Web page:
Don’t you hate it when you’re out with your friends, and the delegated ‘photographer’ ends up sharing the most awkward photos with the group, showing a view of your side profile you didn’t even know existed? Meanwhile, one of the girls was cut in half, and another has a waiter looking over her shoulder. We can’t always have professional photographers on-hand, but there are a few tricks of the trade to remember, whether you’re doing candid shots on your iPhone of a girls’ night out or capturing professional family portraits. Here are a 4 things to avoid when photographing people:
Most people would prefer that the photographer not take pictures of the insides of their noses or give viewers a peek up their skirts. Don’t get so carried away in finding interesting angles that you end up portraying your subjects in a poor light. Aim to put them in the best position possible—they’d rather have a flattering photo than one that appeals to the photographer’s artsy mood.
Check your surroundings before snapping the shot. What will viewers see in the background (such as a fountain coming out of someone’s head)? Keep this in mind especially for outdoor shoots. Make sure hikers aren’t unknowingly photobombing the session, animals aren’t traipsing across the background (unless it’s rare wildlife, that’s pretty cool), and branches aren’t sticking out of torsos. I love using leaves during fall sessions, but I have to time it just right so a falling leaf doesn’t come out looking like an eye patch on the baby.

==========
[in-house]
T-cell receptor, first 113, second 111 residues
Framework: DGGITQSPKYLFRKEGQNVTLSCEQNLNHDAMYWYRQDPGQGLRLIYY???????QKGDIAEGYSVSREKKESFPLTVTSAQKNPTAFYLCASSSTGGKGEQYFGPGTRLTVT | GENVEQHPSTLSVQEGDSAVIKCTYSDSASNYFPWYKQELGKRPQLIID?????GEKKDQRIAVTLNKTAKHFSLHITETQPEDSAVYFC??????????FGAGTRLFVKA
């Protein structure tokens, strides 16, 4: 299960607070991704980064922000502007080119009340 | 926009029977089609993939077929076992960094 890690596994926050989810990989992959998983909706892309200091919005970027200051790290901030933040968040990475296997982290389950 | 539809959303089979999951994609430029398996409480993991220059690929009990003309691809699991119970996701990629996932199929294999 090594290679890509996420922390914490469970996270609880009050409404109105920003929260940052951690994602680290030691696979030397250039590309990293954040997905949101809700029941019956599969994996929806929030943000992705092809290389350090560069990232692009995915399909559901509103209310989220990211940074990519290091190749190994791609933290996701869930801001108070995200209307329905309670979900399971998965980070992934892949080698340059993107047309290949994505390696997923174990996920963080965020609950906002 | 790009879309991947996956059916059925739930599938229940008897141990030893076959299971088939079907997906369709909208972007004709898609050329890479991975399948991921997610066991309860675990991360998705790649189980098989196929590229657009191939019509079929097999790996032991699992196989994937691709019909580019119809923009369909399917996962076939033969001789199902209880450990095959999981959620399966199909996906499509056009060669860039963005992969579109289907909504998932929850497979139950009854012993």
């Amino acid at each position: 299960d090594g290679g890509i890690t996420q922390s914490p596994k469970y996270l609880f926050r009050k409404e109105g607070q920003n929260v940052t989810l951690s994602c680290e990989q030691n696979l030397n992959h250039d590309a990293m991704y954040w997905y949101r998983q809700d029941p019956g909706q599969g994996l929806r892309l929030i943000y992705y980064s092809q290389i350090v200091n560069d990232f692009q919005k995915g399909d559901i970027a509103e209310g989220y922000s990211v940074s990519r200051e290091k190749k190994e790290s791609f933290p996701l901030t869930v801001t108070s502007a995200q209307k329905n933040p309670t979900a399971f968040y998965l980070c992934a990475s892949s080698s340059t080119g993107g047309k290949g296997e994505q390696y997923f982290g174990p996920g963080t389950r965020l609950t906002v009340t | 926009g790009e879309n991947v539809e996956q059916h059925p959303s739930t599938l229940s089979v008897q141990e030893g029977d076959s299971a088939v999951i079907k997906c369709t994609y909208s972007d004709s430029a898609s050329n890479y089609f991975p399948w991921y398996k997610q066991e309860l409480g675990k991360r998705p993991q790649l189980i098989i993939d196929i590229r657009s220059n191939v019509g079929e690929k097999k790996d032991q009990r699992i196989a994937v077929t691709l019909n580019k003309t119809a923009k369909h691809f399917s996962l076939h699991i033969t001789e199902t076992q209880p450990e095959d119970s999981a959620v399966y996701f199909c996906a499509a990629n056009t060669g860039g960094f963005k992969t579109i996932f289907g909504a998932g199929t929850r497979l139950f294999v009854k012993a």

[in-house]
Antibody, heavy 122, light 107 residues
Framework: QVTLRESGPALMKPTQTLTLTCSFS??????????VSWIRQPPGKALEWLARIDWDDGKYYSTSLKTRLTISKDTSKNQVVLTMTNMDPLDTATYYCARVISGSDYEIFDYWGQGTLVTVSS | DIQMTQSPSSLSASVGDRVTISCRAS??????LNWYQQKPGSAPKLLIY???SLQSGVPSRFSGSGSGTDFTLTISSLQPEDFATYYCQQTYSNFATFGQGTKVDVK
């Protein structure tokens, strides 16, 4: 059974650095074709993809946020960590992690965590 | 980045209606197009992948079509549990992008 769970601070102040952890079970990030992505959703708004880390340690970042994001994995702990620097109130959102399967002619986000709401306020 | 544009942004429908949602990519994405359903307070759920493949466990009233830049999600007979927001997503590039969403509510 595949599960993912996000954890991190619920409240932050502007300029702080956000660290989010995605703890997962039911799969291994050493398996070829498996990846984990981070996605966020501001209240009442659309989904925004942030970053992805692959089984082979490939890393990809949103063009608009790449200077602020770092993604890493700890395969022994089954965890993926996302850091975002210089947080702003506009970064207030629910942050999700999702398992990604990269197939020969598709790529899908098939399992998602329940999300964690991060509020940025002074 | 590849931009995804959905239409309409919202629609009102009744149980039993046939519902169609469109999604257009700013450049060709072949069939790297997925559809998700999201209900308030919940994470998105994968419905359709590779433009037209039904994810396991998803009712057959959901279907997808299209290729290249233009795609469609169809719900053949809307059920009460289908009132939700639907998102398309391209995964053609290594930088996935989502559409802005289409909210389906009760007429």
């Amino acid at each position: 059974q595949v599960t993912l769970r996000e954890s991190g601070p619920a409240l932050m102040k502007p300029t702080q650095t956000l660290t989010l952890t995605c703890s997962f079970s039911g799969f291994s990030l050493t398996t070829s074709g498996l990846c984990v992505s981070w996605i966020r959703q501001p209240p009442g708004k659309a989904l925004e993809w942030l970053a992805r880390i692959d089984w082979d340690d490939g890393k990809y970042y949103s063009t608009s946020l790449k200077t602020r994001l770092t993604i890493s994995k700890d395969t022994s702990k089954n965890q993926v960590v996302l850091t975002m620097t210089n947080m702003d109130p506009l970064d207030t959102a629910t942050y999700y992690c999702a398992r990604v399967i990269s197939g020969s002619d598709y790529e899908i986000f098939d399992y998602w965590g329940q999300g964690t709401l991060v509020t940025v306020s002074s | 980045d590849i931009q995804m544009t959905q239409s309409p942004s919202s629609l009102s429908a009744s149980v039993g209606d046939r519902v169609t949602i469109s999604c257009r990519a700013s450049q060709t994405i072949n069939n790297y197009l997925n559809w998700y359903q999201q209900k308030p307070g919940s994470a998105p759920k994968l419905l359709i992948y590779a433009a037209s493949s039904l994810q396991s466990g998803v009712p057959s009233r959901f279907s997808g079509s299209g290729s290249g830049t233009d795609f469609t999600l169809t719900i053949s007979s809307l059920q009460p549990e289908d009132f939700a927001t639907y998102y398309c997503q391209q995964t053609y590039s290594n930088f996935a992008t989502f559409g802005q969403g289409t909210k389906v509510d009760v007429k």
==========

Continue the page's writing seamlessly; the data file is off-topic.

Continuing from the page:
Remember that candid photography does not just mean randomly snapping photos of people in the moment. Take care to time candid photos just right so that you aren’t snapping a photo of someone with their mouth awkwardly open or their eyes half-closed. There really is an art to spontaneous shots.
Make sure the sun isn’t turning someone’s head into a glowing orb or that you aren’t casting shadows across your subjects. If you’re unsure about lighting, try to keep your light source broad and distant for softer photos. Soft, front lighting is usually a safe way to go for those just starting out. If outside, take advantage of the trees and clouds to diffuse the harsh sunrays a little.
Of course, there’s far more to photographing people, so if you’re interested in learning more, please don’t hesitate to reach out! I’d love to hear from you!